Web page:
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Bridgeway Bible Dictionary


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When Israel left Egypt to begin a new life as an independent nation, God gave detailed arrangements for its organized religious life. According to these arrangements, Israel’s place of worship was to be a tabernacle, or tent, set up in the centre of the camp. This tabernacle was the symbol of God’s presence, a sign that God dwelt among his people. He was part of them, the centre of their national life. It was known as the tent of meeting (Exodus 39:32), for it was the place where God met with his people. It was also called the tent of the testimony (Exodus 38:21), to remind the people that within it, in the ark, was the testimony of God, the law, which was to guide and control their lives.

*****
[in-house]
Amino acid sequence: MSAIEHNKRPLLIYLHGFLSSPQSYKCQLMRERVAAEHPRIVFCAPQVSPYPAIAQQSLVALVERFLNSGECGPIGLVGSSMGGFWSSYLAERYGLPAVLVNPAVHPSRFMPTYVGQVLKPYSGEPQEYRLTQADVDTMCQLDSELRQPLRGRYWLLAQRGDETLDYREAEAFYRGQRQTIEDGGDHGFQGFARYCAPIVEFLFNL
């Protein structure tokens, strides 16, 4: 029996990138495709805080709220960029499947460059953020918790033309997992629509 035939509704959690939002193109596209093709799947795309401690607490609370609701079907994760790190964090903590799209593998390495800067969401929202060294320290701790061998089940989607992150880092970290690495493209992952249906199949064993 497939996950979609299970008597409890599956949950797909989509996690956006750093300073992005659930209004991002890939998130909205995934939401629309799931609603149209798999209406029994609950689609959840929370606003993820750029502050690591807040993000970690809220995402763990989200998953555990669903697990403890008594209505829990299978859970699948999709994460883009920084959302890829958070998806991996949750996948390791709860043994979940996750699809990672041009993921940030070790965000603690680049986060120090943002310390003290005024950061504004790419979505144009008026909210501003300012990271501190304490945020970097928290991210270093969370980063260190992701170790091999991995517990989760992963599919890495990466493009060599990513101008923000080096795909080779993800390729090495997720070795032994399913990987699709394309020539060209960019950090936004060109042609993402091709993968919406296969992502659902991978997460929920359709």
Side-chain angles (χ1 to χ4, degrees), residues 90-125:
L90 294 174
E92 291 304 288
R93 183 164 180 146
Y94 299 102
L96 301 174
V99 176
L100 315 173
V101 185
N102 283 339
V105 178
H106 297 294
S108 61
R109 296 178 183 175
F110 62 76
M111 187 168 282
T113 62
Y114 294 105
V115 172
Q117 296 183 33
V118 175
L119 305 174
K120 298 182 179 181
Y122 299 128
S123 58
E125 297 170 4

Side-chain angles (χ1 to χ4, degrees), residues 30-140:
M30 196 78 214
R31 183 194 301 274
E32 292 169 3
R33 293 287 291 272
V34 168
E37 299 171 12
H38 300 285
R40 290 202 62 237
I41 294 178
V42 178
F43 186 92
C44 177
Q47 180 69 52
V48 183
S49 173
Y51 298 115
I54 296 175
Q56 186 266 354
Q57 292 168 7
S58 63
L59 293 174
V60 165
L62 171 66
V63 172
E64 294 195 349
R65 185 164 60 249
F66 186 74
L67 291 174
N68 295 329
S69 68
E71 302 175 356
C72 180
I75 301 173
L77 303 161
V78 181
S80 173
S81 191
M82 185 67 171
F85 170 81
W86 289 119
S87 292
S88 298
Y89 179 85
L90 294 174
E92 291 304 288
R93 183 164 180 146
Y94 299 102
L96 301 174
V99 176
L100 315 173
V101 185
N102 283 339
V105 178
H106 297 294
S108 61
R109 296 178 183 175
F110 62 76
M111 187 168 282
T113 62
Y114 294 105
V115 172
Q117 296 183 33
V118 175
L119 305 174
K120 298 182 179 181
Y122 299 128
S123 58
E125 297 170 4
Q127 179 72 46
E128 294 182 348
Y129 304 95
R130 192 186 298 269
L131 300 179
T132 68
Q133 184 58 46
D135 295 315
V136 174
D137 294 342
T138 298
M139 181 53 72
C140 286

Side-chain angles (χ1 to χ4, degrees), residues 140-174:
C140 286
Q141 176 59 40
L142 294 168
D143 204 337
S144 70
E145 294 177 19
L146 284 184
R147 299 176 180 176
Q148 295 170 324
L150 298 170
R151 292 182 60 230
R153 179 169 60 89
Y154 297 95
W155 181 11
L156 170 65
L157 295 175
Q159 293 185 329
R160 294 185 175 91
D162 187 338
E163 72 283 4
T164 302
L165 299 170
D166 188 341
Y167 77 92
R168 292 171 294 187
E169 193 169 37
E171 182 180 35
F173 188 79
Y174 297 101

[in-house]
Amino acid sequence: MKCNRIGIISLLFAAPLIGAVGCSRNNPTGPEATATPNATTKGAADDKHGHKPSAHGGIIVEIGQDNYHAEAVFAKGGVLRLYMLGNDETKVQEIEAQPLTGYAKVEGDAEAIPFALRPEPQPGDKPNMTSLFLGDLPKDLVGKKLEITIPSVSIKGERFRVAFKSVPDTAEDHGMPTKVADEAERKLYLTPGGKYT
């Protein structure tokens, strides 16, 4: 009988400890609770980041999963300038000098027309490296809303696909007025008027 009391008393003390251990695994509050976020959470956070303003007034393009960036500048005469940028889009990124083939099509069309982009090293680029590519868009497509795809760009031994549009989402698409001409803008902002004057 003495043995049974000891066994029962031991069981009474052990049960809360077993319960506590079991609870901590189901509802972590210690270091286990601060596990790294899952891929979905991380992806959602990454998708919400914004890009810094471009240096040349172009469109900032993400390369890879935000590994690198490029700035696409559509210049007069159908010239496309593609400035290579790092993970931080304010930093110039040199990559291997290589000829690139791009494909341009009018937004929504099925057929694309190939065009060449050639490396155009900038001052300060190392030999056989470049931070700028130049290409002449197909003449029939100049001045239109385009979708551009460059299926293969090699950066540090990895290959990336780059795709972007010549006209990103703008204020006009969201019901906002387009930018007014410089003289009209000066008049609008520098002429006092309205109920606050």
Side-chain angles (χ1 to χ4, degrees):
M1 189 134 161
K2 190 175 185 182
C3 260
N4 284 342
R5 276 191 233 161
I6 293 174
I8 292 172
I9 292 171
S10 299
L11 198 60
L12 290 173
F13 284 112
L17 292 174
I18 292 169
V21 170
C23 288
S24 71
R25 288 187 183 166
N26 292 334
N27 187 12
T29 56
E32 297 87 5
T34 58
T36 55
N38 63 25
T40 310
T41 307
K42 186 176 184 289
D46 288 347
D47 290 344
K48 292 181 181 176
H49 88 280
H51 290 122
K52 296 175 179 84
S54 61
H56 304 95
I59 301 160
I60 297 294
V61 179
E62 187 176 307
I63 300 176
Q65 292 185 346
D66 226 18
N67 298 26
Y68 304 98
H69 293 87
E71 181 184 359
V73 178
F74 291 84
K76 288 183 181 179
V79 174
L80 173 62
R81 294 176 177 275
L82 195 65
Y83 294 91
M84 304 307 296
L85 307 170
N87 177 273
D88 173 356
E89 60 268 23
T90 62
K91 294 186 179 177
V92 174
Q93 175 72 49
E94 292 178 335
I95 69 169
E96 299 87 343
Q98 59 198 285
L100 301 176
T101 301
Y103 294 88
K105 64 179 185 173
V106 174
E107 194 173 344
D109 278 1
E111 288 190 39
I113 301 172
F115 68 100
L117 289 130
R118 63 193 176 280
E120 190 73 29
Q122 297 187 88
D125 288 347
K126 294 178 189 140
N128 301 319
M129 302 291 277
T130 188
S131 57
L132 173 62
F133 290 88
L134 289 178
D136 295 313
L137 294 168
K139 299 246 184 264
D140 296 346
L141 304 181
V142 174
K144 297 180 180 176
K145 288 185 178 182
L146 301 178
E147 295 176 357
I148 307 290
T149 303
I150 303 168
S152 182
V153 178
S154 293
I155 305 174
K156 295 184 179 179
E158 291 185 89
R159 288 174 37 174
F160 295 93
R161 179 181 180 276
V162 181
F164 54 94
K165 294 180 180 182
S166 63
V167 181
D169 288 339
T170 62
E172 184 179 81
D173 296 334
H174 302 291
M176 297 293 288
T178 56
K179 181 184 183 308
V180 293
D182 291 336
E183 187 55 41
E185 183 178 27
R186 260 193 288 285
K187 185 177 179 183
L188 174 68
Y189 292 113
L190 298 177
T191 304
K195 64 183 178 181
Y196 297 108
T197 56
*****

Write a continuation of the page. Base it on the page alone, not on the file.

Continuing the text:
The tabernacle was designed so that it could be easily put together, taken apart and transported. It was a prefabricated shrine that the people of Israel took with them on their journey to Canaan and set up at camps along the way. It consisted of a two-roomed timber structure inside a tent, which in turn was set in a large court surrounded by a fence. Within the rooms, and in the open court, were articles of sacred furniture.

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These files are public domain.
Text Courtesy of Used by Permission.

Bibliography Information
Fleming, Don. Entry for 'Tabernacle'. Bridgeway Bible Dictionary. 2004.

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